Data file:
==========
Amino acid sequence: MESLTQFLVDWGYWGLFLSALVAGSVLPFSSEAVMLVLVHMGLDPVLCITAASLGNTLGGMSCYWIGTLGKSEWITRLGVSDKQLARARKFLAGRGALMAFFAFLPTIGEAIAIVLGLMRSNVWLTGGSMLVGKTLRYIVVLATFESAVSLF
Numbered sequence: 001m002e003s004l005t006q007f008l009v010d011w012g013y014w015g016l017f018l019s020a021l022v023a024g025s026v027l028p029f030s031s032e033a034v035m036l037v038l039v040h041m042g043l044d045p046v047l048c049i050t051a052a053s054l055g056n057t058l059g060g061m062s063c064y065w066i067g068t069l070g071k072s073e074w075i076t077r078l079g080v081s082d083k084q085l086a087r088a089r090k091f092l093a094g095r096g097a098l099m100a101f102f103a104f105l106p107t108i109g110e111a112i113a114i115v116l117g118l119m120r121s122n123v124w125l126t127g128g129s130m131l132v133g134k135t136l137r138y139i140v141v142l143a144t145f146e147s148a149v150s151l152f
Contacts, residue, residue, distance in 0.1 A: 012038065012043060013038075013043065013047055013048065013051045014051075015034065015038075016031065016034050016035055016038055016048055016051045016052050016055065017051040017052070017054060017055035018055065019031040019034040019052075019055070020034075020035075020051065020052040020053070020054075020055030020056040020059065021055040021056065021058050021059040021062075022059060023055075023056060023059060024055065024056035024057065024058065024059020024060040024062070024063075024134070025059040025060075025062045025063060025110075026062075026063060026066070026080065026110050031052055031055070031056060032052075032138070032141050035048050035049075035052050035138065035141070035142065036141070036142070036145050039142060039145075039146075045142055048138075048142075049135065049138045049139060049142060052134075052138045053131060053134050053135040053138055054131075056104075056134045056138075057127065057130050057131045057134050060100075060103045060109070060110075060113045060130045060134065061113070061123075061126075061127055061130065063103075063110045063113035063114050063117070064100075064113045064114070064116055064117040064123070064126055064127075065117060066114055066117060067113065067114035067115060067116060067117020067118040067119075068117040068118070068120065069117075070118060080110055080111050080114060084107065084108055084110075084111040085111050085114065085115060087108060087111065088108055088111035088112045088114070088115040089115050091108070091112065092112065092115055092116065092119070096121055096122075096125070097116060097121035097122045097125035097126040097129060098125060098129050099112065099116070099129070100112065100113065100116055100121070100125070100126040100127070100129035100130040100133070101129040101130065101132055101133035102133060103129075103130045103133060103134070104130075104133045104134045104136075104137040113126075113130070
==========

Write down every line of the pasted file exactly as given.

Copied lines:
Amino acid sequence: MESLTQFLVDWGYWGLFLSALVAGSVLPFSSEAVMLVLVHMGLDPVLCITAASLGNTLGGMSCYWIGTLGKSEWITRLGVSDKQLARARKFLAGRGALMAFFAFLPTIGEAIAIVLGLMRSNVWLTGGSMLVGKTLRYIVVLATFESAVSLF
Numbered sequence: 001m002e003s004l005t006q007f008l009v010d011w012g013y014w015g016l017f018l019s020a021l022v023a024g025s026v027l028p029f030s031s032e033a034v035m036l037v038l039v040h041m042g043l044d045p046v047l048c049i050t051a052a053s054l055g056n057t058l059g060g061m062s063c064y065w066i067g068t069l070g071k072s073e074w075i076t077r078l079g080v081s082d083k084q085l086a087r088a089r090k091f092l093a094g095r096g097a098l099m100a101f102f103a104f105l106p107t108i109g110e111a112i113a114i115v116l117g118l119m120r121s122n123v124w125l126t127g128g129s130m131l132v133g134k135t136l137r138y139i140v141v142l143a144t145f146e147s148a149v150s151l152f
Contacts, residue, residue, distance in 0.1 A: 012038065012043060013038075013043065013047055013048065013051045014051075015034065015038075016031065016034050016035055016038055016048055016051045016052050016055065017051040017052070017054060017055035018055065019031040019034040019052075019055070020034075020035075020051065020052040020053070020054075020055030020056040020059065021055040021056065021058050021059040021062075022059060023055075023056060023059060024055065024056035024057065024058065024059020024060040024062070024063075024134070025059040025060075025062045025063060025110075026062075026063060026066070026080065026110050031052055031055070031056060032052075032138070032141050035048050035049075035052050035138065035141070035142065036141070036142070036145050039142060039145075039146075045142055048138075048142075049135065049138045049139060049142060052134075052138045053131060053134050053135040053138055054131075056104075056134045056138075057127065057130050057131045057134050060100075060103045060109070060110075060113045060130045060134065061113070061123075061126075061127055061130065063103075063110045063113035063114050063117070064100075064113045064114070064116055064117040064123070064126055064127075065117060066114055066117060067113065067114035067115060067116060067117020067118040067119075068117040068118070068120065069117075070118060080110055080111050080114060084107065084108055084110075084111040085111050085114065085115060087108060087111065088108055088111035088112045088114070088115040089115050091108070091112065092112065092115055092116065092119070096121055096122075096125070097116060097121035097122045097125035097126040097129060098125060098129050099112065099116070099129070100112065100113065100116055100121070100125070100126040100127070100129035100130040100133070101129040101130065101132055101133035102133060103129075103130045103133060103134070104130075104133045104134045104136075104137040113126075113130070